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United States

Author(s):
International Monetary Fund
Published Date:
July 2006
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I. The Attractivenessof U.S. Financial Markets: The Exampleof Mortgage Securitization1

1. Despite projections that its current account deficit is likely to remain high, the United States has been an attractive destination for foreign capital in recent years. Foreigners held an estimated $3.3 trillion in net U.S. assets (25 percent of GDP) at the end of 2005, and another $800–900 billion (6–7 percent of GDP) are likely to be added by the end of 2006. Besides strong economic fundamentals and sound monetary policy, the ability of U.S. financial markets to intermediate domestic demand with foreign supply of funds at attractive risk-adjusted returns has helped sustain foreign inflows and support the dollar exchange rate.

2. As an example, this paper discusses how financial innovation turned U.S. mortgages into an asset class with world-wide investor appeal. Mortgage securitization enabled households to tap foreign savings while satisfying foreign investors’ demand for higher returns on safe investments. The paper also asks whether a bubble in the housing market has developed as easy global financing conditions helped bring U.S. mortgage rates to historic lows. The answer is “probably not,” but regulatory vigilance remains essential to limit the potential fallout from a downturn—especially among smaller banks that have built up exposures to mortgage and construction loans.

A. Securitization and Recent Trends in Mortgage Markets

3. The securitization, or pooling, of home loans into mortgage-backed securities (MBS) has made the nationwide mortgage market significantly more efficient and less volatile over the past 20 years:

  • The U.S. housing market was historically composed of many local markets, and lending volumes depended on funding conditions of depositories in the region. Developers tended to build up housing inventories in anticipation of stronger demand when mortgage conditions would improve, contributing to regional boom and bust cycles (Schnure, 2005).

  • With securitization, banks and other mortgage originators have been able to shift significant amounts of credit and market risks to MBS holders (Figure 1), decoupling mortgage funding conditions from local deposit growth rates. Funding conditions are now determined in the national and international markets, and are therefore less volatile than before.

  • This has helped housing activity and price developments to become less cyclical and converge across the United States (Peek and Wilcox, 2006; Figure 2).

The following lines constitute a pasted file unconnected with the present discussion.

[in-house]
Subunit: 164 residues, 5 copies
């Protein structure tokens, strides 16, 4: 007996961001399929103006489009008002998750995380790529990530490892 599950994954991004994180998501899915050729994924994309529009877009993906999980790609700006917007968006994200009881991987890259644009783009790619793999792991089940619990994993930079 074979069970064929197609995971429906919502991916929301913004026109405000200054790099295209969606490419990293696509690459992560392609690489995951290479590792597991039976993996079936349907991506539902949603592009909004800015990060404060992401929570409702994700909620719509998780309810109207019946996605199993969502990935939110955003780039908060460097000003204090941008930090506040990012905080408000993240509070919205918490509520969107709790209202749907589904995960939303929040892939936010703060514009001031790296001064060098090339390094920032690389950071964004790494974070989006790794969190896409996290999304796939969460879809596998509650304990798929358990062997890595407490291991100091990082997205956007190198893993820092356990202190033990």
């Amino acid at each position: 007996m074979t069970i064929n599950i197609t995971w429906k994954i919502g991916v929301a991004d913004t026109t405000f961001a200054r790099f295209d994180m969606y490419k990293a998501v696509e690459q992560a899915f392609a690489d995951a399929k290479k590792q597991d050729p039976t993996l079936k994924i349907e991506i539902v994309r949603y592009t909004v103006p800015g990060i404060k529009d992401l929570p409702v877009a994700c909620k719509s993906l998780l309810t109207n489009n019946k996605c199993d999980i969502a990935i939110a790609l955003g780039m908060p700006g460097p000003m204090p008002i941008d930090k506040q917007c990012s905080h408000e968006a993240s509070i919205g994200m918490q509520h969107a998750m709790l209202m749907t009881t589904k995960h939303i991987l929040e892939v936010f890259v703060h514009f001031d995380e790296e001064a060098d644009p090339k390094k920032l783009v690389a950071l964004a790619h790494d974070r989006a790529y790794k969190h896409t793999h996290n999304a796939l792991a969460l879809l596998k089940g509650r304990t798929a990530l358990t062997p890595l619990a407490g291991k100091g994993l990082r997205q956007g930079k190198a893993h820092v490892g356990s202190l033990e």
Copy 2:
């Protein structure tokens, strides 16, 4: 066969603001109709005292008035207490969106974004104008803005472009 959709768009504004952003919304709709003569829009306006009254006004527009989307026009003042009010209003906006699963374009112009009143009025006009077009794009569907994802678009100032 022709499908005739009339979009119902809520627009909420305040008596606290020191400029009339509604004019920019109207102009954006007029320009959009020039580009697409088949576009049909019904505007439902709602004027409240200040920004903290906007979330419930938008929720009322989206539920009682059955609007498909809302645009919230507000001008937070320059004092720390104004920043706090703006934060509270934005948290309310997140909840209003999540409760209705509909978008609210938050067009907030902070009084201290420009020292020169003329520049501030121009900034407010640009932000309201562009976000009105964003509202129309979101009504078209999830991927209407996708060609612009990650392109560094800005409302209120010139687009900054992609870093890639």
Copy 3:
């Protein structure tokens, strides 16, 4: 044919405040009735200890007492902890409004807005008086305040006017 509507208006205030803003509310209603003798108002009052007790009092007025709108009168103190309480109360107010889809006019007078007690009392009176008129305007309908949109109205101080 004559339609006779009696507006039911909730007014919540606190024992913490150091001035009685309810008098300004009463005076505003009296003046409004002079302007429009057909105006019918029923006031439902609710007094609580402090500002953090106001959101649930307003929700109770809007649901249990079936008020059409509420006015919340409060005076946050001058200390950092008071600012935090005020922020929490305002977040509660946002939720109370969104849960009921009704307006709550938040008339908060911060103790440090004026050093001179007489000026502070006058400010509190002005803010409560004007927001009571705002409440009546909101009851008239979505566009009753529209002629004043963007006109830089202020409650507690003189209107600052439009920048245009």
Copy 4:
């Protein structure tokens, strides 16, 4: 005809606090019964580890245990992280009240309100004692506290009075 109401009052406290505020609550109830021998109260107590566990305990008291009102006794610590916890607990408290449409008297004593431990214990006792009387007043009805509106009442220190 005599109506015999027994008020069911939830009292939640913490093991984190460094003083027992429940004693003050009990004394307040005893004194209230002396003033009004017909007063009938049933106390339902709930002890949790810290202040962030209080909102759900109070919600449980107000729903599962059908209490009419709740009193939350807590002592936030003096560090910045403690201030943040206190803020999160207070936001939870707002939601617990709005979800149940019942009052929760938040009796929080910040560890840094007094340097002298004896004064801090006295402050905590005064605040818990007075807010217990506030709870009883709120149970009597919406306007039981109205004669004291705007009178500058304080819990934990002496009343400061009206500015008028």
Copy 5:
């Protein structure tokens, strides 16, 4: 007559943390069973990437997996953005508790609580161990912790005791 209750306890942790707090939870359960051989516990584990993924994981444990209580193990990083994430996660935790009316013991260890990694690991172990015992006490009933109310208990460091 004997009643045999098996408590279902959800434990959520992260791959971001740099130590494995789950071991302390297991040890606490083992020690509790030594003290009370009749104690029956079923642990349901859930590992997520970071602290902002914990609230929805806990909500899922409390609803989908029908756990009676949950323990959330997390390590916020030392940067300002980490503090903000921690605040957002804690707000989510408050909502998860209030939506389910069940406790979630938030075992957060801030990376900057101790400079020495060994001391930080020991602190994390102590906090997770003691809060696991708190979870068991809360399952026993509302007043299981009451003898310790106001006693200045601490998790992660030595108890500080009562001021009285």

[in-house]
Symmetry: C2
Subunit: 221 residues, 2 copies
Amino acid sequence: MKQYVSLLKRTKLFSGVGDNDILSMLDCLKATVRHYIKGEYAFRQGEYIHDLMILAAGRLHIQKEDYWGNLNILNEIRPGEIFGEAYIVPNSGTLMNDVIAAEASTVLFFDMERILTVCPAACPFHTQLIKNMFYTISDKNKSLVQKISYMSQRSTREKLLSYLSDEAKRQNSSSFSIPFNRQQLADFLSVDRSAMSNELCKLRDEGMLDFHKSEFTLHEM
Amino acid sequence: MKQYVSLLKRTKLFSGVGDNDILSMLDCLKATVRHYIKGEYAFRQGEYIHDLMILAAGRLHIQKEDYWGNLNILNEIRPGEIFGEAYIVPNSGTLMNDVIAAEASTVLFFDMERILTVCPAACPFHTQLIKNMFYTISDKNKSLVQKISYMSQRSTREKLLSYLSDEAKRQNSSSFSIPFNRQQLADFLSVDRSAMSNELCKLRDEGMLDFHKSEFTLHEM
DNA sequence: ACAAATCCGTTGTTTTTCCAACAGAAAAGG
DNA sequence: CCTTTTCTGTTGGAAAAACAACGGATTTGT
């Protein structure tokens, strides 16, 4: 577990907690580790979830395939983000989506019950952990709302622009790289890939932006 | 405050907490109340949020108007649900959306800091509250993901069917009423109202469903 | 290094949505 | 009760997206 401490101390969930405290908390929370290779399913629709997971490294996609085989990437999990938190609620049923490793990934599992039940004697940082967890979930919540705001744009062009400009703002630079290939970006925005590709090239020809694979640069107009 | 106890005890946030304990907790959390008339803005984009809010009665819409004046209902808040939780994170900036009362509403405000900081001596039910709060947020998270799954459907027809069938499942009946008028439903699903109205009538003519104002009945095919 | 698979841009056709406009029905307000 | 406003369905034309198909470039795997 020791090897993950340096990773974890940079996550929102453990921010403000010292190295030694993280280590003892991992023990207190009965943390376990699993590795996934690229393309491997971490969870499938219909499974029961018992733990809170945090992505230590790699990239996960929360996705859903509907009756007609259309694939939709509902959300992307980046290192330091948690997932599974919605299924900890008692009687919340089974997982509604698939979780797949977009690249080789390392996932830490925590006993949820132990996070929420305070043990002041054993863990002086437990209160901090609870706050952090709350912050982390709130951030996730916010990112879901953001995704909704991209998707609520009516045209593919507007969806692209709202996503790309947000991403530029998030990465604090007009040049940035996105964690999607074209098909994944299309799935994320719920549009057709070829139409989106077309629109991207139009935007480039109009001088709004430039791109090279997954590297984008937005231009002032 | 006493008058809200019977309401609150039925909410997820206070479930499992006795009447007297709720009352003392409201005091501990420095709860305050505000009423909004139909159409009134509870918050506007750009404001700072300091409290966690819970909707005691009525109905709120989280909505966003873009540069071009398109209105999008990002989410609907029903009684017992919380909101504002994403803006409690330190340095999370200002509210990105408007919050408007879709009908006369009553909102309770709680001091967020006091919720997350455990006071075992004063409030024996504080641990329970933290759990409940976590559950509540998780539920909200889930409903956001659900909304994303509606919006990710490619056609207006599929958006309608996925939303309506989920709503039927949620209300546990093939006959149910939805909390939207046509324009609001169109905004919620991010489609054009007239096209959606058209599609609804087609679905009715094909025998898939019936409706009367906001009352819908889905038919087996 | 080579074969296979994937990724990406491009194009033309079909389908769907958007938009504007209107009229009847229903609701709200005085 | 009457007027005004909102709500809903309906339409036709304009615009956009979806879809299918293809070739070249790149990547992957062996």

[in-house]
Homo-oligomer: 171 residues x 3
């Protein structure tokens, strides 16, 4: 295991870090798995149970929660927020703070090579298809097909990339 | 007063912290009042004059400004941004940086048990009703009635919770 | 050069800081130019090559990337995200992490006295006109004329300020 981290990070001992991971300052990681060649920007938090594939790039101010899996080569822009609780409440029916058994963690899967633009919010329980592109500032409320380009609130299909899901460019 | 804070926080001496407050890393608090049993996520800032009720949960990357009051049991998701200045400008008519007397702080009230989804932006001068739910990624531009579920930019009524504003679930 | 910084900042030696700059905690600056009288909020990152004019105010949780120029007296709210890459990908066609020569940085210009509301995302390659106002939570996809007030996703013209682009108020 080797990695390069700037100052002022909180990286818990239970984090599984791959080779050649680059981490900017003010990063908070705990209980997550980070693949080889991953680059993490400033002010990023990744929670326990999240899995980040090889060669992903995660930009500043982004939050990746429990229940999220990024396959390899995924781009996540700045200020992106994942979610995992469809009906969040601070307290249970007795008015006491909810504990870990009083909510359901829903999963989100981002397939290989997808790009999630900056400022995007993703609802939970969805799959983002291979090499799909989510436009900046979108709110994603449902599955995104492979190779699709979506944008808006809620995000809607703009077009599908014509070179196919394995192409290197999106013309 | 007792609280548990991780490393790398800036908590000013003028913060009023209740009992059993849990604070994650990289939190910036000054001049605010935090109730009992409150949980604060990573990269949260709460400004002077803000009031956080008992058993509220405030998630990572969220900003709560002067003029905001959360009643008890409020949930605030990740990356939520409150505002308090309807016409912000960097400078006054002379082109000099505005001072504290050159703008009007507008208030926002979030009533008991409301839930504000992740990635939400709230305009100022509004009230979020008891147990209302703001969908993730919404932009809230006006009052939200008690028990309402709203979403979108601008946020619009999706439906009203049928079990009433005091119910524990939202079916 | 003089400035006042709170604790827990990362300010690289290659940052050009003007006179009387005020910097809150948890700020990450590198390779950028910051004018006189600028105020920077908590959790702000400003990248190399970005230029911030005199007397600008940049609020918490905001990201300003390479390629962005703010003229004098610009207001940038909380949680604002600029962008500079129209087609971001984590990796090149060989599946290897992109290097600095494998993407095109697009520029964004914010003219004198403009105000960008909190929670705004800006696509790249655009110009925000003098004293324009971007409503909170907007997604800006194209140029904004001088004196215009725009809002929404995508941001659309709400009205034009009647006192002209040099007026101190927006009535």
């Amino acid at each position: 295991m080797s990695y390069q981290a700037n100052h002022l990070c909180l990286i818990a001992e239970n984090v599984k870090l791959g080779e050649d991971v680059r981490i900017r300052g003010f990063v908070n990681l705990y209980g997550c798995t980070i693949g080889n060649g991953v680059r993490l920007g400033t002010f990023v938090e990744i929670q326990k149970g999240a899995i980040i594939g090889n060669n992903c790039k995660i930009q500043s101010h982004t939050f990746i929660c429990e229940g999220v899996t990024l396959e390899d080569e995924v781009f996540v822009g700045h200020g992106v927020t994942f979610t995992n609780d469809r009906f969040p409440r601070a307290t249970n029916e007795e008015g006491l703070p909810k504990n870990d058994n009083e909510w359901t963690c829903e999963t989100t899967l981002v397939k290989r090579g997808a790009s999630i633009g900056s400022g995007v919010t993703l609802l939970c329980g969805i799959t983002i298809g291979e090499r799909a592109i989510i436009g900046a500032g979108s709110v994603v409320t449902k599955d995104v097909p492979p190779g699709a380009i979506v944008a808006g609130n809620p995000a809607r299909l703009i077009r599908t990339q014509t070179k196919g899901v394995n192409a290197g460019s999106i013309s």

Figure 1.Mortgage Securitization in the U.S. Market

Source: Haver Analytics.

Figure 2.Residential Investment and Mortgage Growth

Source: Haver Analytics.

4. Securitization benefited from the fact that standard U.S. mortgages carry fixed interest rates for up to 30 years, much longer than in most other countries. Their long maturity makes them relatively easy to bundle, notwithstanding the fact that mortgages can also be easily refinanced or prepaid. Initially, the MBS’ success also owed much to the role of government-sponsored housing enterprises (GSEs), such as Fannie Mae and Freddie Mac:

  • Most of the pooling was historically done by the GSEs, who also guarantee cash flows on the underlying debt. These companies promoted greater uniformity in lending standards and lowered transaction costs, which contributed to improved market access for lower and middle-income households.

  • The GSEs provided liquidity and market-making in the early stages of the market, as well as during periods of market turmoil in the 1990s. Given their favorable rating and low funding costs, the GSEs also gained from issuing commercial bonds and investing the proceeds in their own MBS issues and other securities.

  • More recently, supervisors have become concerned that the GSEs’ large MBS portfolios could pose systemic risks, given that their significant interest rate exposures are being hedged with other financial institutions. As of end-2005, the GSEs still held a combined 25 percent of MBS issued with their backing, down from the peak of 37 percent in 2003.

5. The bulk of securitization has lately been done by private mortgage institutions (Figure 3). Among other factors, this reflects both an increase in “jumbo” mortgages and a rising share of loans to non-prime borrowers, both of which cannot be included in a security with a GSE-backed default guarantee. This niche has been filled by private institutions, including banks and mortgage brokers, which also securitize mortgages and home equity loans with still riskier characteristics. For example, the declining affordability of housing has boosted demand for mortgages with strongly discounted initial rates and negative amortization options, allowing more expensive purchases for a given monthly payment.

Figure 3.Mortgage Issuance by Institution

Source: Haver Analytics.